In a parking lot after shopping the other day, I opened the car door for The Dormouse to get into her car seat. She took the opportunity to squirt past my reach and climb up into the front seat and play with the steering wheel. And. Would. Not. Come. Back. I'm standing there holding the door and the groceries and I couldn't reach her, so I yelled into the car, "You get in your car seat by the time I count to three... One... Two..."

Behind me, a man in a trench coat was walking by. He looked over my shoulder and said dryly, "Does that ever work?"

Actually it does. As much as I hate to hear those words come out of my mouth and the inevitable feeling like my grandmother every time I hear myself say them, I now know why our parents did things like that: they work.

I can ask, beg and plead until I'm blue in the face, but when I give The Dormouse a count, it seems to mark time in very small increments for her. She knows that there's a finite amount of time in which she needs to obey and exactly how much longer she has to complete the expected action. And since it works, I've begun to abuse it. Sometimes I don't even need to really follow through - I just say, "Do I have to count?" and she starts to move.

The other thing that works is what's come to be known in our house as The Great Toy Embargo of 2006. It started mostly because she was in the habit of just dumping all her toys out in a pile over and over. I explained that she had to take care of them, but she wasn't really interested in playing, just dumping them out and then stomping over them on the way out the door. We had discussions about how she needed to be responsible for her toys and take care of them, but she had so many it didn't seem to matter. After a particularly bad couple of weeks of behavior (Who coined the phrase Terrible Twos? It's the Threes that really get you.), finally out of sheer frustration, I sat her down and explained that every time she disobeyed, she would have a toy taken away. She could earn that toy back later if she did some of the things she was supposed to without arguing with mom and dad, but if she wanted to keep her toys, she'd need to start listening and doing what she was asked.

I wondered if I was asking too much of a three year old, because within days more than half of her toys were stored in my bedroom in plastic bins stacked as high as a person. But then, something wonderful happened. She started to actually see consequences of her actions. She started to connect the Getting the Toy Taken Away with the Doing the Wrong Thing. It didn't always get her to do what I asked when I asked it, but she did start to spontaneously do some things that she knew would be good without my asking. The jury in my head is still out as to whether I'm simply bribing her, but what I do know is that this current deal gives her more opportunity to get some positive, rather than negative, reinforcement. And, if nothing else, it's worth it to me not to constantly hear the sound of my voice yelling at her for one thing or another.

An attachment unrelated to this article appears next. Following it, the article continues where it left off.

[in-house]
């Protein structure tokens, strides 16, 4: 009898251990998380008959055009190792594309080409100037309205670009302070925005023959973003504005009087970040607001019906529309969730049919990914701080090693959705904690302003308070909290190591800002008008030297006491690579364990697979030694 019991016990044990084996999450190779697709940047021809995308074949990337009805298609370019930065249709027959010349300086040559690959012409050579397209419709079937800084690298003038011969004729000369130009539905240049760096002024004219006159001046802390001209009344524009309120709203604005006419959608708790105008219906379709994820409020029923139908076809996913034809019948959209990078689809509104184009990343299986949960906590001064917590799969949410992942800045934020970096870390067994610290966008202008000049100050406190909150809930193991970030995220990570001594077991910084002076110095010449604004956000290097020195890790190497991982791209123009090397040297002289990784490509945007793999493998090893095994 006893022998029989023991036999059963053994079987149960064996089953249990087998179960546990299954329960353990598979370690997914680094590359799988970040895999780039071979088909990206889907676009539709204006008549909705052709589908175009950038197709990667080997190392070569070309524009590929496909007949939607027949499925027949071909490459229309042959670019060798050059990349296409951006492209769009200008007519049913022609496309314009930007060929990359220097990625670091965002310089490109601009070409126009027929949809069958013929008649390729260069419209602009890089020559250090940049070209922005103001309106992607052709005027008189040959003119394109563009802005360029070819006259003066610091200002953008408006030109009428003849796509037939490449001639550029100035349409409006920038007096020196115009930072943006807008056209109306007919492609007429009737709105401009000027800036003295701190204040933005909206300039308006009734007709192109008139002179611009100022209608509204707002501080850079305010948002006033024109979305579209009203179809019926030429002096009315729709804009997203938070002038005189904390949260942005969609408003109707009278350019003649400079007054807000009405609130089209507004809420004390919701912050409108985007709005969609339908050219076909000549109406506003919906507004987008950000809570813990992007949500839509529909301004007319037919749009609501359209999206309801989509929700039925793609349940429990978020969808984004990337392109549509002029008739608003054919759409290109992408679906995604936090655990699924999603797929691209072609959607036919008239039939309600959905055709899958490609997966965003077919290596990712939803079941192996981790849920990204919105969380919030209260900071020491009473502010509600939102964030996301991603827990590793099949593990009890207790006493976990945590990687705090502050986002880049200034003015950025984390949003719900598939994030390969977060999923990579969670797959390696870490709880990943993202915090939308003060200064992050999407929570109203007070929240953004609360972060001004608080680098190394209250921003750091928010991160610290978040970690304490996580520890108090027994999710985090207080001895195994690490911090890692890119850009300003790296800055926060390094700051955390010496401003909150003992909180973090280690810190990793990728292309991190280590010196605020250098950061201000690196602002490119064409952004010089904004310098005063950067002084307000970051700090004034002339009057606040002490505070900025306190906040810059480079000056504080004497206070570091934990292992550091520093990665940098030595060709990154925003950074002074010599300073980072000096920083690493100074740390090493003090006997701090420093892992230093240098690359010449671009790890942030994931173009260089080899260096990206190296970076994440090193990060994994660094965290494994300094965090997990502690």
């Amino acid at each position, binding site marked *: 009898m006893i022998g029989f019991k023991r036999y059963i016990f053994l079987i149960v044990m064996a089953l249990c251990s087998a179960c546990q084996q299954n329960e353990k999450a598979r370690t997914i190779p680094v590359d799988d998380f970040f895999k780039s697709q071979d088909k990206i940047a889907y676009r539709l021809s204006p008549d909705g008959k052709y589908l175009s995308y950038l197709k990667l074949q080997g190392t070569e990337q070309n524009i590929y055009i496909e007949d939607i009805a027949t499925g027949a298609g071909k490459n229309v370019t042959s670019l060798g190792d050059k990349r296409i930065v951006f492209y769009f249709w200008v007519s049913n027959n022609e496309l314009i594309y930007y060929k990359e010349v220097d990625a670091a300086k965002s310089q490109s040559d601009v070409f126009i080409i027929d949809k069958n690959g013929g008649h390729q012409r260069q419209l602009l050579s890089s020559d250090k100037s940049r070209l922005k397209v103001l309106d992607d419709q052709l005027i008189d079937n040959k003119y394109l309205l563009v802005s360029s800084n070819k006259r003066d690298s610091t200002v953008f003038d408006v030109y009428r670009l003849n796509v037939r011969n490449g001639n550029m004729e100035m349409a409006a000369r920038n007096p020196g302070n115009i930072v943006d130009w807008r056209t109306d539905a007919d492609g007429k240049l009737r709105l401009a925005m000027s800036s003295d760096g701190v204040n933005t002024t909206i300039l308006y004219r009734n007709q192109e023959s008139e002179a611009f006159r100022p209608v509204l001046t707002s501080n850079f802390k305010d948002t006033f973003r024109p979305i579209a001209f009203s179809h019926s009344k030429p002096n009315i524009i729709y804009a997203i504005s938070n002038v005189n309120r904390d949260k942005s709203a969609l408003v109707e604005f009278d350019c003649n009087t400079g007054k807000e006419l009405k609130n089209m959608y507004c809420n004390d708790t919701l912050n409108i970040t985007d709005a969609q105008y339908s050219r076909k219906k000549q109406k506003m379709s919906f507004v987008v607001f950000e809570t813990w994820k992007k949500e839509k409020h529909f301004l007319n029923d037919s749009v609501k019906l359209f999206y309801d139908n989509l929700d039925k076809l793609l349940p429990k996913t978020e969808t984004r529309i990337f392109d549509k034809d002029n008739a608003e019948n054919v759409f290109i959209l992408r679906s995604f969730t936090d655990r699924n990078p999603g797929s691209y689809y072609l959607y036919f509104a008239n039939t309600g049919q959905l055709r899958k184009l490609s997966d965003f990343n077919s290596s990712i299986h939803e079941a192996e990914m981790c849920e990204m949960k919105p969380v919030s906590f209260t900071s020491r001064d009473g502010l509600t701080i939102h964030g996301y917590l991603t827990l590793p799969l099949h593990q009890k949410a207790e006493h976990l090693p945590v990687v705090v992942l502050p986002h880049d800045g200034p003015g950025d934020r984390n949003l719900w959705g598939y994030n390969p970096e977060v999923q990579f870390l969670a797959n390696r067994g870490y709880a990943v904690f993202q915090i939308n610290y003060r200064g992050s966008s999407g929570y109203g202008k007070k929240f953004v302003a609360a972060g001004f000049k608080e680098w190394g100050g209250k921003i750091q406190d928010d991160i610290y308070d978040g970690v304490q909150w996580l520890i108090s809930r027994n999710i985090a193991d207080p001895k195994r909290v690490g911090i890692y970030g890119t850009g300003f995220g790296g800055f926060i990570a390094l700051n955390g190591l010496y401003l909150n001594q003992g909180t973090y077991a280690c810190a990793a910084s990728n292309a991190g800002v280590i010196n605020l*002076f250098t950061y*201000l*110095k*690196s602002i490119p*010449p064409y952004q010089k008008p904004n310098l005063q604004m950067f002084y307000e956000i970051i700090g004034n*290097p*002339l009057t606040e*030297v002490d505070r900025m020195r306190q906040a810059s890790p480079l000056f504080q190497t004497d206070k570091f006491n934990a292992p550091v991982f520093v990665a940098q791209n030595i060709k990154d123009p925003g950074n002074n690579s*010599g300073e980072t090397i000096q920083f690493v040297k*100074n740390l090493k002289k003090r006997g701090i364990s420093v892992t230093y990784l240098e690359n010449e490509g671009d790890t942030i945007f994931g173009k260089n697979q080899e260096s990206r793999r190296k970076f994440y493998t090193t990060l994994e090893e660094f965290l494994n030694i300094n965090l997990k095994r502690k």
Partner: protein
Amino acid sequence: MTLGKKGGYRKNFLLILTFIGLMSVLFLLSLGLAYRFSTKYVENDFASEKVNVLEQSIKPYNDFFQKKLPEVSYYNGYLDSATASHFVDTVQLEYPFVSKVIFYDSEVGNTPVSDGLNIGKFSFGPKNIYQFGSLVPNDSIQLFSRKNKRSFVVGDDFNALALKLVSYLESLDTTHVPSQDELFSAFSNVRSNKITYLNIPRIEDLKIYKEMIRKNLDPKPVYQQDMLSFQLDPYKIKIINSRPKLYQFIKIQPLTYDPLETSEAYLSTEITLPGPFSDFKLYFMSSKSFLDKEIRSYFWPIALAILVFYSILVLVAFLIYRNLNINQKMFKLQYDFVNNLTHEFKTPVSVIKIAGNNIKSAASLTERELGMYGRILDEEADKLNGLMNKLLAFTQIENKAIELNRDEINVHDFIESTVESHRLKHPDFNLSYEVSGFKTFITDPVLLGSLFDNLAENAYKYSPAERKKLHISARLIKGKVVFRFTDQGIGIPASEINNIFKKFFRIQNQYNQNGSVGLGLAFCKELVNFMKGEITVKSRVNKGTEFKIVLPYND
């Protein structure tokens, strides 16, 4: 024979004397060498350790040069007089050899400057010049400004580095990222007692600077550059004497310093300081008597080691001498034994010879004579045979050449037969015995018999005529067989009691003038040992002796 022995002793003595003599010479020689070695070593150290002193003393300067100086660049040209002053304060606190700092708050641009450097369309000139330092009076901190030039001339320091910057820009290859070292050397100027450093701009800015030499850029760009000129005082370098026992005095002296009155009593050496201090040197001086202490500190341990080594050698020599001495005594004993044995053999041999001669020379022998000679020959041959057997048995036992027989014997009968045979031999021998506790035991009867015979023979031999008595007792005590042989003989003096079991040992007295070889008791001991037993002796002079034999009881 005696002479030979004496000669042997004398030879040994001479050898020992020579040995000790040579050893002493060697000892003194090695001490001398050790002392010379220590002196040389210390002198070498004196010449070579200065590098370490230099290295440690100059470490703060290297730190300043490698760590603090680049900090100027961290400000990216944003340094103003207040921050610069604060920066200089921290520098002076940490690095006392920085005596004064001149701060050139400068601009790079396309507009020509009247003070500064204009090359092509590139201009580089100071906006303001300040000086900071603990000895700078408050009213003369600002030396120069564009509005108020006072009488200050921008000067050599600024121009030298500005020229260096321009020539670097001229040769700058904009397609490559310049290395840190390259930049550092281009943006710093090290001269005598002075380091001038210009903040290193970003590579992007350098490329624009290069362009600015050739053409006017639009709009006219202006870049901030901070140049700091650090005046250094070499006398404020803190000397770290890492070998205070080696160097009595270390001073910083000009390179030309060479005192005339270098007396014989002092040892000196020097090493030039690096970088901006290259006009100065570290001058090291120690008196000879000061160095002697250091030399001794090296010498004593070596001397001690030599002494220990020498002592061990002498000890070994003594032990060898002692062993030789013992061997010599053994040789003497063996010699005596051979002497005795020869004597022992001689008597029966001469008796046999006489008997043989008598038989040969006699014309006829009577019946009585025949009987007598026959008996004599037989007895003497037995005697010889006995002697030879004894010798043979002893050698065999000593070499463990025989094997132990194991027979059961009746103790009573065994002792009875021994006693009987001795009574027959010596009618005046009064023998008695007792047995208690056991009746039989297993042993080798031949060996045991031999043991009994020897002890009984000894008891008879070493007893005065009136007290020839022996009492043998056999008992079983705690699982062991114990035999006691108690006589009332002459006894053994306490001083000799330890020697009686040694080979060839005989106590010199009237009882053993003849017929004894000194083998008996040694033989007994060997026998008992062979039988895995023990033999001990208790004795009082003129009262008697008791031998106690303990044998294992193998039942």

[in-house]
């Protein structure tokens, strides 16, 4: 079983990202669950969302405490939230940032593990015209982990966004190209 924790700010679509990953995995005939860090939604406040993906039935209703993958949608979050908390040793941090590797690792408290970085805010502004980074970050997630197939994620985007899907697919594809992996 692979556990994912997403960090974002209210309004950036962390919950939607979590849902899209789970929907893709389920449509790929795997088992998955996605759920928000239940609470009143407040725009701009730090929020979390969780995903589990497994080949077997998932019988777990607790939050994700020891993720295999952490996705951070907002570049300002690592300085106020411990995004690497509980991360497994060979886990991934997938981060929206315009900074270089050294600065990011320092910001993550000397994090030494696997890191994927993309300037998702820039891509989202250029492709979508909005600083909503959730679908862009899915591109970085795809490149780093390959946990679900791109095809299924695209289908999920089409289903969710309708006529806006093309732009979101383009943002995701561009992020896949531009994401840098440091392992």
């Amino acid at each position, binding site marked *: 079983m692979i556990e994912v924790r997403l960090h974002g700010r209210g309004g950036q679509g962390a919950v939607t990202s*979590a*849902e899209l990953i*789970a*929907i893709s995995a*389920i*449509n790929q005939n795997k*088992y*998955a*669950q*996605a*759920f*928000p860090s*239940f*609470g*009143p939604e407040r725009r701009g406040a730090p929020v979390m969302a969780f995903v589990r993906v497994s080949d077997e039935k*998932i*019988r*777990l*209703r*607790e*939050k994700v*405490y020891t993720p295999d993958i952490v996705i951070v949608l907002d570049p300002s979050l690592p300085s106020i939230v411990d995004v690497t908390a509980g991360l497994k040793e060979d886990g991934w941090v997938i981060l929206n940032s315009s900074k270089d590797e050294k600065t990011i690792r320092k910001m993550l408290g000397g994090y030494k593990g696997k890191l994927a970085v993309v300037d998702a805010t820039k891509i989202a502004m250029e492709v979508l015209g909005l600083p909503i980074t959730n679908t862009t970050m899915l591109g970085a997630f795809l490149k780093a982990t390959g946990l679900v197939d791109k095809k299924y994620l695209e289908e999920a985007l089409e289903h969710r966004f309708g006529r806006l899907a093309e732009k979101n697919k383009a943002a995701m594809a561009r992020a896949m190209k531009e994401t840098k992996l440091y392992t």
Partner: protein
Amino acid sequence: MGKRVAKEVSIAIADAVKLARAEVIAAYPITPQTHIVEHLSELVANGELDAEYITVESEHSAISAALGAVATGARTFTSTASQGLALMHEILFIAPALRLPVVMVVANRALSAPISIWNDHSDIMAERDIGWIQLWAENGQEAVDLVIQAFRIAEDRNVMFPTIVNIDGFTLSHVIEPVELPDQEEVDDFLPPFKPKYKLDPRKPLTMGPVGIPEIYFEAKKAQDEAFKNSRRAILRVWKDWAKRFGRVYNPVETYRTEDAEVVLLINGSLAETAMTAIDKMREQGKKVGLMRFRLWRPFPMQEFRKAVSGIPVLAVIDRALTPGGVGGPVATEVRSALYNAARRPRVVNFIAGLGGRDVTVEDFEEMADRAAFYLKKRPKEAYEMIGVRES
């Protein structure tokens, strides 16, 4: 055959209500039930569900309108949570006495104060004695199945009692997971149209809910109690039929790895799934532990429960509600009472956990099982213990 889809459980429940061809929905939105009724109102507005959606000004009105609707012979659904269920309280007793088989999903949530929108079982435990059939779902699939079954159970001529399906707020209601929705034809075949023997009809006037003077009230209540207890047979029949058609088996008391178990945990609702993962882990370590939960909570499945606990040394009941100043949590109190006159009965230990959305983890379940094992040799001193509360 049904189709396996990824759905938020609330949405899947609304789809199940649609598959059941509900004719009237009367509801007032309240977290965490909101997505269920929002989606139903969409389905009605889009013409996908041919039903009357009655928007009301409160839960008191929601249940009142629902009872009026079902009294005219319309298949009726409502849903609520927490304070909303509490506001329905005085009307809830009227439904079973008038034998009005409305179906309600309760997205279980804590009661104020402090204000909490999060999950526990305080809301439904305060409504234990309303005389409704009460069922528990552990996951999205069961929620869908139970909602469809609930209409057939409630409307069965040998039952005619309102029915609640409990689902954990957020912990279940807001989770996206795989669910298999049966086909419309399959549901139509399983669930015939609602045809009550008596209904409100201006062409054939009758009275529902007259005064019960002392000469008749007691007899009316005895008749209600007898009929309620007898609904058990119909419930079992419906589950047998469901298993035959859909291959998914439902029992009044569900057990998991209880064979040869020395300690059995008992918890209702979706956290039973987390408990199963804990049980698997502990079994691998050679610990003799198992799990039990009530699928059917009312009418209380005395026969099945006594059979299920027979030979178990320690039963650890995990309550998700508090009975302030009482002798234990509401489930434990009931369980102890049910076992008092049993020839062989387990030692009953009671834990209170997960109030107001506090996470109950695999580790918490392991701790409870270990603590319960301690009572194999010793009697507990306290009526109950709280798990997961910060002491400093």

The other wonderful thing that happened was because she didn't have the opportunity to see every one of her toys in her room every day, it was a big deal to get one back. She'll actually play with it rather than dropping it on the floor and leaving it where it fell. When I announce that she's earned a toy back, we ceremoniously march into the bedroom where the plastic bins are stored. I open the top and she'll peer in and whisper, "Woooooow." with childhood wonderment. She warily thinks it over and chooses exactly the toy that she needs at that moment. Then reaches in and slowly, carefully selects and extracts the needed toy. Then she immediately takes it to her room to decide exactly what drawer of the toy chest that toy should now live in. She vigilantly puts it where it now 'belongs'. And because she chose the place the toy would be kept, she now knows where to put it back when she was done playing with it. And does... almost every time.

I'm a minimalist when it comes to toys. Her friends have entire rooms (sometimes multiple rooms) dedicated to holding space for the paraphernalia that comes with being a child. It's not that I begrudge other families' buying things for their kids, I just don't think kids need That. Much. Stuff.

What I notice mostly when we're at one of these houses is that the kids don't really use any of them, they just pull everything out and drop it on the floor, one by one. Playtime turns into methodical destruction. With just a few toys, it's reasonable to ask her to pick up her own things, but with entire room(s) of toys, it becomes something that she'll never be able to do on her own. And because it's such an onerous task for a toddler to put that many toys away when the demolition is over, the parents are always the ones to clean up. Perhaps I'm just being selfish.

It's not that I don't want my child to have things, but we live in a small house with limited storage space and I don't have a second room available to simply shove all that stuff behind a door and close it. When The Dormouse goes to bed, the floor around it has to basically be picked up - otherwise, she'll stay up all night. She has a lot of things - gifts from relatives, hand-me-downs from friends - but as her parents, we have actually purchased very few toys. When we want to do something special for an event, we tend to DO more than BUY. I hope that this is creating memories for her. I know that the toys will eventually break and be discarded, so in my design, when she's grown, she'll still have what she remembers of our family and hopefully, those will be looked back on fondly and contribute to the happy, well-rounded person she'll become. But mostly I just don't want to pick up all those toys.